Apache Tika will parse the file(s) specified on the command line and output the 
    extracted text content or metadata to standard output.
    Instead of a file name you can also specify the URL of a document to be parsed. 
    If no file name or URL is specified (or the special name "-" is used), then the 
    standard input stream is parsed.
    Use the "--gui" (or "-g") option to start the Apache Tika GUI. 
    You can drag and drop files from a normal file explorer to the GUI window to extract 
    text content and metadata from the files.

Determining what metadata is available

Before delving too deeply into Apache Tika's rich Java API, the first step is to figure out what and how much metadata is available from the PDF file. Metadata, used to refer to "data about data," is a description of a particular content item (in this case, the PDF file), typically consisting of a set named fields, each of which contains metadata values. As an example, a PDF file may have a metadata description that includes an author field, with a value of Barack Obama. We can use the aforementioned command-line utility of Tika to determine what metadata is available from the PDF file, as in Listing 5.

Listing 5. Reading PDF metafile data
java —jar tika-app/target/tika-app-X.Y.jar —m \
    ./National_Aeronautics_and_Space_Administration.pdf

Content-Type: application/pdf
Last-Modified: Tue Feb 24 04:56:17 PST 2009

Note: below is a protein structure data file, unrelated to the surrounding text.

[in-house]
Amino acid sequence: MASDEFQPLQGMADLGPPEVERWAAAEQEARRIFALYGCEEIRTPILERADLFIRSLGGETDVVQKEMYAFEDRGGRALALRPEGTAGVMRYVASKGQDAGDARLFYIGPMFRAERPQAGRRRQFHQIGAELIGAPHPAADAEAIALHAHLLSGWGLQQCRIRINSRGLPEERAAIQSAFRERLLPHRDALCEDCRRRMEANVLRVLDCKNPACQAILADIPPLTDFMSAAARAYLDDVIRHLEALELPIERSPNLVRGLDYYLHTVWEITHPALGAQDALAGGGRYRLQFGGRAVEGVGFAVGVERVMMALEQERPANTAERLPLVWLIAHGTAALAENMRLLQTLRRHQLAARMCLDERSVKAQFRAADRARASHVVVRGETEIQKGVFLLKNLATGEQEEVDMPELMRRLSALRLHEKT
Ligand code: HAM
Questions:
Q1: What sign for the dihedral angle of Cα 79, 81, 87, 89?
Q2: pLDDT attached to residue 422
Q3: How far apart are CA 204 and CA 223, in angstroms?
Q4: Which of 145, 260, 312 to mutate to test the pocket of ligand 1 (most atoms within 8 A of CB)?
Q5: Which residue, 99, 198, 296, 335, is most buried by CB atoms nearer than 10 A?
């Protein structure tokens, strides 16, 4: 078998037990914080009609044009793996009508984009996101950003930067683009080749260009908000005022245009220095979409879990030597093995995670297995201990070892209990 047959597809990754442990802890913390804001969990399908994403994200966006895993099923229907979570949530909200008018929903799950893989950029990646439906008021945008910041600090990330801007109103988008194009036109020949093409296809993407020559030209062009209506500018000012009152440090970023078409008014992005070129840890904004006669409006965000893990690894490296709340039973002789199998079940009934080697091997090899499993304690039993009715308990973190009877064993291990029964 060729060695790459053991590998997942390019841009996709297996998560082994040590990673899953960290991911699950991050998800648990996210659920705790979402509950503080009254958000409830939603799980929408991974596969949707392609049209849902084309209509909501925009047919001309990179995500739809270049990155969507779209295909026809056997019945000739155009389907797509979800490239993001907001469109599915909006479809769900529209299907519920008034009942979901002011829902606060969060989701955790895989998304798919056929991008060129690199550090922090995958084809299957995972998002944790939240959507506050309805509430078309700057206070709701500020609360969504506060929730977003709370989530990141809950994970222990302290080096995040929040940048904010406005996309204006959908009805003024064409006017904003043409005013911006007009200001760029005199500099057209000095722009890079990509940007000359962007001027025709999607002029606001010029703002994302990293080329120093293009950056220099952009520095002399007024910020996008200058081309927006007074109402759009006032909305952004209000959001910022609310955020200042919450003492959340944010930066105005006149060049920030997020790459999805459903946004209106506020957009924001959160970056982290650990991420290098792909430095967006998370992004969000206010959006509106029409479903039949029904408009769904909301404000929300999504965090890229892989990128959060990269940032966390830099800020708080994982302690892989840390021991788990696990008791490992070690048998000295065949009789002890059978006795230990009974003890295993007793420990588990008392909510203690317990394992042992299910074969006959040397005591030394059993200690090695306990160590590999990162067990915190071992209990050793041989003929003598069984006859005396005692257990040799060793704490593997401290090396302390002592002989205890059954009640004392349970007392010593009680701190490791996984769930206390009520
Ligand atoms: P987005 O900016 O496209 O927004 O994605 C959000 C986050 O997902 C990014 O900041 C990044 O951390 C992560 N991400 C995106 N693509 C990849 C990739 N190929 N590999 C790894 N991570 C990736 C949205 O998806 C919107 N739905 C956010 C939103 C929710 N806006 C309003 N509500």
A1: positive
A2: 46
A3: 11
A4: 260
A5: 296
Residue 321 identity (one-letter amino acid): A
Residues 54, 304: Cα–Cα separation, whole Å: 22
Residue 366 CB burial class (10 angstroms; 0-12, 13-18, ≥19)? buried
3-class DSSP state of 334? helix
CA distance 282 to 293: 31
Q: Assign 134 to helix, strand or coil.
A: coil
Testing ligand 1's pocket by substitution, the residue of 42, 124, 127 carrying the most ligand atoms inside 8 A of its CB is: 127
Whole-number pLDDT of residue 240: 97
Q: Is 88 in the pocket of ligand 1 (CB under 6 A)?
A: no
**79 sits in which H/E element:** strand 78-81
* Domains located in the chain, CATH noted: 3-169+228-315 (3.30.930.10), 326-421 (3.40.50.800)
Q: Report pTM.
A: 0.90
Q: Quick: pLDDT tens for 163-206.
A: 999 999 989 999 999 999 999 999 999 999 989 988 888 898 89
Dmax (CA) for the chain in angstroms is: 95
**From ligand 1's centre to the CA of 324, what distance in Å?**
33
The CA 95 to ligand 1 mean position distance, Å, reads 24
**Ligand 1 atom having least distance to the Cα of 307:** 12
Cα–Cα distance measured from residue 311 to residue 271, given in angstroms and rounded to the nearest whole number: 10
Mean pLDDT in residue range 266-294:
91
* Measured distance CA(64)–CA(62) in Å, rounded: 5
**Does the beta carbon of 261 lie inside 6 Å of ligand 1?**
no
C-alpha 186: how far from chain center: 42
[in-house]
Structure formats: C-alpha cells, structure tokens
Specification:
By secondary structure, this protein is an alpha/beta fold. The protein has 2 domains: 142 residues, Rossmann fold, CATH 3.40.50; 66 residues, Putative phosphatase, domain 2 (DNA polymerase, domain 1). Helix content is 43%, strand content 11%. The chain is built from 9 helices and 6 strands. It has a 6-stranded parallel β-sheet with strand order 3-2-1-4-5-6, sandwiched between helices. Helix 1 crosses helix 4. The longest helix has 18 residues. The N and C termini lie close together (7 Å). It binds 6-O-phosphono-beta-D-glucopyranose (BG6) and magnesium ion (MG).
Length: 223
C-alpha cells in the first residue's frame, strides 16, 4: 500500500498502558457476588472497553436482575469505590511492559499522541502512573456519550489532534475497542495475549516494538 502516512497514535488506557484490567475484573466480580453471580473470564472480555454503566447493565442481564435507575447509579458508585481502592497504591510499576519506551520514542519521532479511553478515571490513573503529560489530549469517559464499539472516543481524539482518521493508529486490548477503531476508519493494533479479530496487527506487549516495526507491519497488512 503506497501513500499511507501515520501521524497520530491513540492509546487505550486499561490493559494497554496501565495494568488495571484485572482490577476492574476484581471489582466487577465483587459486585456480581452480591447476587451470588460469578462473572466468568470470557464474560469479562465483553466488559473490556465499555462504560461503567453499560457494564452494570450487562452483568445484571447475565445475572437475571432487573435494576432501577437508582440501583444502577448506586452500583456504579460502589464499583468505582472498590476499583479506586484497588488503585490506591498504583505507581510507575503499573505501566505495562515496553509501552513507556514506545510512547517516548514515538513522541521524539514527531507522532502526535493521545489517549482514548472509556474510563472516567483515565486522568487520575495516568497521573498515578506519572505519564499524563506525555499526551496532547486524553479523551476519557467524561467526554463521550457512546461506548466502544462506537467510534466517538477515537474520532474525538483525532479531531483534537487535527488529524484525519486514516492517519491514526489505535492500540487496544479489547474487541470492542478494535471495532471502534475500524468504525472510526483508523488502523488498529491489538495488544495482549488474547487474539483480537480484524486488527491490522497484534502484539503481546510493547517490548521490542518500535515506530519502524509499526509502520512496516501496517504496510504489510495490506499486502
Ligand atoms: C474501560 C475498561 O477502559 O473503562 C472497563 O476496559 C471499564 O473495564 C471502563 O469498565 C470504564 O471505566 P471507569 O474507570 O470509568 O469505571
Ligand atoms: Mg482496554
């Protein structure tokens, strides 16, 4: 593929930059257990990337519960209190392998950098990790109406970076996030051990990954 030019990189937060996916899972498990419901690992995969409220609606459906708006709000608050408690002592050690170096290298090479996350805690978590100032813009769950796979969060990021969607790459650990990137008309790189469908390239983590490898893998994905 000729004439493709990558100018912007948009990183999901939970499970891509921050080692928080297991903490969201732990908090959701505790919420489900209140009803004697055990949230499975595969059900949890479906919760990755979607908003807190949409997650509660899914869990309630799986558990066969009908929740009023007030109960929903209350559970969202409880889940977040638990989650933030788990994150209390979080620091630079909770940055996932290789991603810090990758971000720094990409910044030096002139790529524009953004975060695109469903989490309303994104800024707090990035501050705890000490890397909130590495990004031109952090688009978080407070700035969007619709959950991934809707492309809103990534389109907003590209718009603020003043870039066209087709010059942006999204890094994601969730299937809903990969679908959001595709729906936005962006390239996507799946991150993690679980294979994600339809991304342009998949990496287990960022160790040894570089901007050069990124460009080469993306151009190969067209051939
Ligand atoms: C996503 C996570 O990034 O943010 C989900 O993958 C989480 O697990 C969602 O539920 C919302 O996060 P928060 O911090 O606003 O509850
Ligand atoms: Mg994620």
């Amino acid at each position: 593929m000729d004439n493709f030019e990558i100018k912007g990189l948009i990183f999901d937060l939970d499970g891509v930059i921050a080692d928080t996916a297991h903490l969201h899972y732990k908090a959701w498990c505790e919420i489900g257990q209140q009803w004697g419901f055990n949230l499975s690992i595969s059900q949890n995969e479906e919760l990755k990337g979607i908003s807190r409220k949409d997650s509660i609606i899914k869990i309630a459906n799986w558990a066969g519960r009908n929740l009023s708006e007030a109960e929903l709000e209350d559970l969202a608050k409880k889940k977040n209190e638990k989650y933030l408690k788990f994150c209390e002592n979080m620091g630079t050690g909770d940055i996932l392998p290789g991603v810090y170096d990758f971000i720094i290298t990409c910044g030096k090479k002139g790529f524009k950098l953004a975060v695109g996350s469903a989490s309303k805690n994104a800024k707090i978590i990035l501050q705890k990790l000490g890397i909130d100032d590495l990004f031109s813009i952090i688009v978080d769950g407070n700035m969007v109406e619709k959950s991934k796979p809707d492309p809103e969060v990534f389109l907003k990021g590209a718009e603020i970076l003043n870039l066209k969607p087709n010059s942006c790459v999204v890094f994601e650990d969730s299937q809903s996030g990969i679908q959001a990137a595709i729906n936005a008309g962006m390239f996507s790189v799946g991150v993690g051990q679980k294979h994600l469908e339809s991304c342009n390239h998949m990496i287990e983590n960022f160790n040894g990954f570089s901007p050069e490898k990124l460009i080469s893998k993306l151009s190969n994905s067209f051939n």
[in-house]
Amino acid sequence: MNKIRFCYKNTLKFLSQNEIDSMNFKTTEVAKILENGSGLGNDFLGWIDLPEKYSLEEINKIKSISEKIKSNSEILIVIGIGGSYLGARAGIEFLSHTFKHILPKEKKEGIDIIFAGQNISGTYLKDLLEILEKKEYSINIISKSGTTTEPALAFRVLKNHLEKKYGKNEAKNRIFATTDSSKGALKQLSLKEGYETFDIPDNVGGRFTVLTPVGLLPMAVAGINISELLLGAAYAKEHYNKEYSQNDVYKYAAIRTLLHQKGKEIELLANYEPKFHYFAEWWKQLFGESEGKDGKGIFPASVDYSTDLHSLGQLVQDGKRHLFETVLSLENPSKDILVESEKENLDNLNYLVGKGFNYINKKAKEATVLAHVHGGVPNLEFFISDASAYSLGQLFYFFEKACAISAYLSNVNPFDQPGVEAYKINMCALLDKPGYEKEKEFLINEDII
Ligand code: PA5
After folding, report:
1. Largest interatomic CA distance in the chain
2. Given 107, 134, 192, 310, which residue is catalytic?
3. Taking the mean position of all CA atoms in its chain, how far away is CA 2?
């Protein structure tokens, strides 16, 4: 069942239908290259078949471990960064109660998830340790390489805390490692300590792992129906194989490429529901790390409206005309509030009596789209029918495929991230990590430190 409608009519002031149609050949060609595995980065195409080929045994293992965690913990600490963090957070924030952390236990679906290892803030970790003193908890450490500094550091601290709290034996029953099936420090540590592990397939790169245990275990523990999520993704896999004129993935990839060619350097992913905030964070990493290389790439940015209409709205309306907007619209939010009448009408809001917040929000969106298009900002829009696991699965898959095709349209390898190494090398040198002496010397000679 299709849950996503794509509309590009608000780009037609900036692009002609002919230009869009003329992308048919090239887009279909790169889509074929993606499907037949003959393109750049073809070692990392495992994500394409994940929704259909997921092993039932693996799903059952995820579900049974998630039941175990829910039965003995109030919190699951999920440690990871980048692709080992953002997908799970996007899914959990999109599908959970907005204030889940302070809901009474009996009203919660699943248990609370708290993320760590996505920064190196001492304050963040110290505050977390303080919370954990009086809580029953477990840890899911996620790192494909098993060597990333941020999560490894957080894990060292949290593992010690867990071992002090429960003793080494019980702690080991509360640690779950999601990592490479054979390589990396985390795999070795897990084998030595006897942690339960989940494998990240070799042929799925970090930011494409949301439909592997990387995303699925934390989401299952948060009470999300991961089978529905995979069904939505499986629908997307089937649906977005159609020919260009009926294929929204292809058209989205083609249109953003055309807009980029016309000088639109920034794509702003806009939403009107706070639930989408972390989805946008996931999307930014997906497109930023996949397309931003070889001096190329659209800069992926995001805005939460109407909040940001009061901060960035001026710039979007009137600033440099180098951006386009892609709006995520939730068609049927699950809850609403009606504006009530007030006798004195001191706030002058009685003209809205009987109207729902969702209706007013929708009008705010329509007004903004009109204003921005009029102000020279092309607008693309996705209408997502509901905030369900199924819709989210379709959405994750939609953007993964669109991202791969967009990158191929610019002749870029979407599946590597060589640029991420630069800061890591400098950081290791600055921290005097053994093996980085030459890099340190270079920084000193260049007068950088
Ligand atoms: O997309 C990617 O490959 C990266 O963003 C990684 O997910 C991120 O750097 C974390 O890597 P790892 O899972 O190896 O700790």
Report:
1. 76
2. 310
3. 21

created: Sat Feb 21 07:38:41 PST 2009
creator: Adobe InDesign CS4 (6.0)
producer: Adobe PDF Library 9.0
resourceName: National_Aeronautics_and_Space_Administration.pdf

The above output gives us a preview of what metadata is available from the downloaded PDF file. Unfortunately, outside of the last modified time and created time, there isn't a lot of interesting metadata available. Looking at the PDFs available on the Whitehouse budget site (http://www.whitehouse.gov/omb/budget/Overview/, we asked ourselves, "Which budget was uploaded (or modified) last?" And was it because there was that much indecisiveness on it? Perhaps there were budget increases (or decreases) that needed to be factored in at the last minute. In any case, this type of question can easily be answered by whipping together a quick Tika-based Java program. (OK — the rationale behind the budget increases can't, but we digress.)

Lesson 1 helps you determine a document that has been changed or modified recently. It is important to remember that the documents are located remotely on the web.

Listing 6. determineLast.java
public void determineLast() throws Exception {
 Tika tika = new Tika();
 Date lastDate = new Date();
 lastDate.setYear(lastDate.getYear() - 10);
 String lastUrl = null;
 for (String budgetUrl : URLs) {
 Metadata met = new Metadata();
 try {
 tika.parse(new URL(budgetUrl).openStream(), met);
 Date docDate = BudgetScramble.toDate(met.get(LAST_MODIFIED));
 log.info(System.getProperty("line.separator") + "Metadata:\t" +met);
 if (docDate.after(lastDate)) {
 lastDate = docDate;
 lastUrl = budgetUrl;
 }
 } catch (Exception e) {
	 log.error(e.getLocalizedMessage() + " " + e.getCause());